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Dropping the motorcycle isn’t good!

Dropping your motorcycle as a female rider

Dropping your motorcycle as a female rider

I’ve dropped my bike… and I’m not on my own and neither are you!

More people drop their bikes than you probably think, I am sure there are more than a few who won’t admit it, and there are plenty that drop them and can’t pick them up too – guys included.

My first drop

The first bike I dropped was when I was learning to ride. It was the training school’s bike. I think it probably went down five times in all, most were when I was stationary or moving very slowly and the only damages were a wing mirror and a clutch lever.

It was no fault of the training school’s and I learned something each time, it’s useful to have a riding instructor nearby when you make a mistake! Most of these issues occurred because the bike was heavy and once it got so far I didn’t have the strength to keep it upright.

Dropping my own bike

The first bike of mine that I dropped was my Ducati Monster. I was being lazy and trying to move the bike and hold an oil can at the same time, I dropped the bike on my own drive. I swore, quite loudly, at my own stupidity.

Never having to have to pick it up on my own I wasn’t sure that I could, and there was no-one around to help. Anyway, I gave it a go and, what do you know, I was stronger than I thought!

Anyway, lesson learned, pay attention and focus on one thing at a time.

My first real off

The first real ‘off’ that I had was on a ride out with a few friends. I went wide on a corner at about 40mph onto the dirt and low-sided.

Amazingly there was no damage to either the bike or me, so I picked the bike up, and after a short break, checked the bike 9 times and myself once. We then continued with and finished the ride.

Although I had only been riding a few months I almost immediately wanted to understand what had happened and how I could prevent it happening again. It is only since having advanced training that I fully understood the reasons though – lapse of concentration that was probably due to fatigue.

I also suffered with target fixation, a lot of new riders suffer with this. It makes you drift wide, you run towards the edge of the road or worse still, you go off the road, or you end up on the wrong side of the road facing oncoming traffic.

I know now that this is very unlikely to happen again after doing advanced rider training. If I did drift wide again, I would be able to recover from the situation and not fall off the bike in a crash.

Motorcycle Training Instructor and student

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My second off

My second ‘off’ was in city traffic at a roundabout in rush hour, on a wet November evening. I had to brake suddenly and skidded, I held it until the last minute when I had all but stopped and the bike fell over.

I felt a right twit but some kind fellow travellers helped me pick it up and I continued on my way. The learning from this is only apparent because I have had advanced training. If I hadn’t had any advanced training I would have blamed the road surface and the wet conditions.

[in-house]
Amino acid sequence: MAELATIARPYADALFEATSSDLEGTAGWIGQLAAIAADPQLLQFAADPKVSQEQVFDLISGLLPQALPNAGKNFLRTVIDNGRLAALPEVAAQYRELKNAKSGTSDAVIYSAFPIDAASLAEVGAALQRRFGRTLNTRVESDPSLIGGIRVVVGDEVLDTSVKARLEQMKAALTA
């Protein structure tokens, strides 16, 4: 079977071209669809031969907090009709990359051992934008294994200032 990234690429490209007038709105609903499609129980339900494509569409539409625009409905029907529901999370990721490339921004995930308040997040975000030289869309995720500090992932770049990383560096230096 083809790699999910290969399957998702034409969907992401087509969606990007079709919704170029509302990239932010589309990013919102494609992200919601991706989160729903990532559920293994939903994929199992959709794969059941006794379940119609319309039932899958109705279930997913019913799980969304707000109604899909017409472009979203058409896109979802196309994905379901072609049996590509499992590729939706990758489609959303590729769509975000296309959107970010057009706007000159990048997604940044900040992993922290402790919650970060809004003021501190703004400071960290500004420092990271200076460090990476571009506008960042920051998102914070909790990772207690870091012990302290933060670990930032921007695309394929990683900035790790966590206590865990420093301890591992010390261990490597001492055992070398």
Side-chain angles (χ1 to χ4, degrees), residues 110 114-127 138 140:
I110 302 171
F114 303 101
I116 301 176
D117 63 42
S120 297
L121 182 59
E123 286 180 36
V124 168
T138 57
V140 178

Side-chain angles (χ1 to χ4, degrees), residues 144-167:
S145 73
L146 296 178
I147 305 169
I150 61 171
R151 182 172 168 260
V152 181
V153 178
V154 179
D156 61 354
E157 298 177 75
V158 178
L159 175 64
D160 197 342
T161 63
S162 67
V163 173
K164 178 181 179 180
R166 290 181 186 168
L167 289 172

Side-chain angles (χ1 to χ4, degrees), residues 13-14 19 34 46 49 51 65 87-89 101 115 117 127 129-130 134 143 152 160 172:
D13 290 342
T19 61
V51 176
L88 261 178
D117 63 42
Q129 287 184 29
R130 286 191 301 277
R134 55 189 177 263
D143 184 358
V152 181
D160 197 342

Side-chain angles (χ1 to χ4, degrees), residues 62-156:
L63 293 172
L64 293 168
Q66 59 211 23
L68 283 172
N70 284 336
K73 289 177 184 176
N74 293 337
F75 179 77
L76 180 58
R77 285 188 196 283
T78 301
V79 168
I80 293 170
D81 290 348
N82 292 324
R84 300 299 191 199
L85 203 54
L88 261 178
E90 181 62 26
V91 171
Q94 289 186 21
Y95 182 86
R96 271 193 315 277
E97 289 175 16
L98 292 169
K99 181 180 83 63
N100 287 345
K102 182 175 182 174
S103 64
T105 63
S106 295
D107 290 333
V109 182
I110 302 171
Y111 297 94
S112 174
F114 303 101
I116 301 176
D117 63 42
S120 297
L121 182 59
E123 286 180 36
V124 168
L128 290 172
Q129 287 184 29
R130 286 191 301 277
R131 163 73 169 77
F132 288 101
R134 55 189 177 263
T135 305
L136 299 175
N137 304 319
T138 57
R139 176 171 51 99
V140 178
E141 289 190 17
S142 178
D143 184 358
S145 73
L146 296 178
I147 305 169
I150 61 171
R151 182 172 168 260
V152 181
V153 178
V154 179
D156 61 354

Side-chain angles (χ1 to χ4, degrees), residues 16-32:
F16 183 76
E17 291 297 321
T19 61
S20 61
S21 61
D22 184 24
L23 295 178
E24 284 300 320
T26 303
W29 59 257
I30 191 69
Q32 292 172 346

The actual fact is that I was totally at fault. I should have been looking further ahead, I hadn’t observed the pedestrian crossing at the other side of the roundabout or the pedestrian waiting to cross. If I had, I would have been prepared for the traffic to stop instead of reacting to the car in front braking.

The next drop but probably not the last!

The last time I dropped my bike was about three years ago. I pulled up at a junction but failed to notice the dip in the road. Being short and only being able to get a toe down, I put my foot down on fresh air… and so the bike fell over.

There was no damage to me but I had snapped the end off the clutch lever and broke the lens on the indicator on my bike.

Helpful people around

Again the helpful public assisted me in picking the bike back up and I continued my journey. It was totally my fault and bad planning. All these little incidents make you a better rider, You analyze and work out a way to prevent the same situation happening again.

It is so easy when you are a new rider to worry about things like this. You think that you are the only one and everyone will laugh at you. It is just part of learning.

It is more common than you think

But dropping the bike is far more common than you think, when talking to other riders it seems they have all done it. It makes you wonder if there are any riders out there who have not dropped or fallen off their bike.

Luckily I didn’t have any injuries when it happened to me, but there are stories of people dropping their bikes and having terrible injuries because of how they fell. Also the damage to my bikes was only minor, so I could ride on. This is all luck because drooping the bike can create huge expense in damages.

Learning from mistakes is important

Remember when you learned to ride a bicycle as a child? If you fell off, you picked it up again and had another go. This isn’t really any different, but it is important that you understand what happened and that you learn from your mistakes.

Written by Moira Day (female rider)

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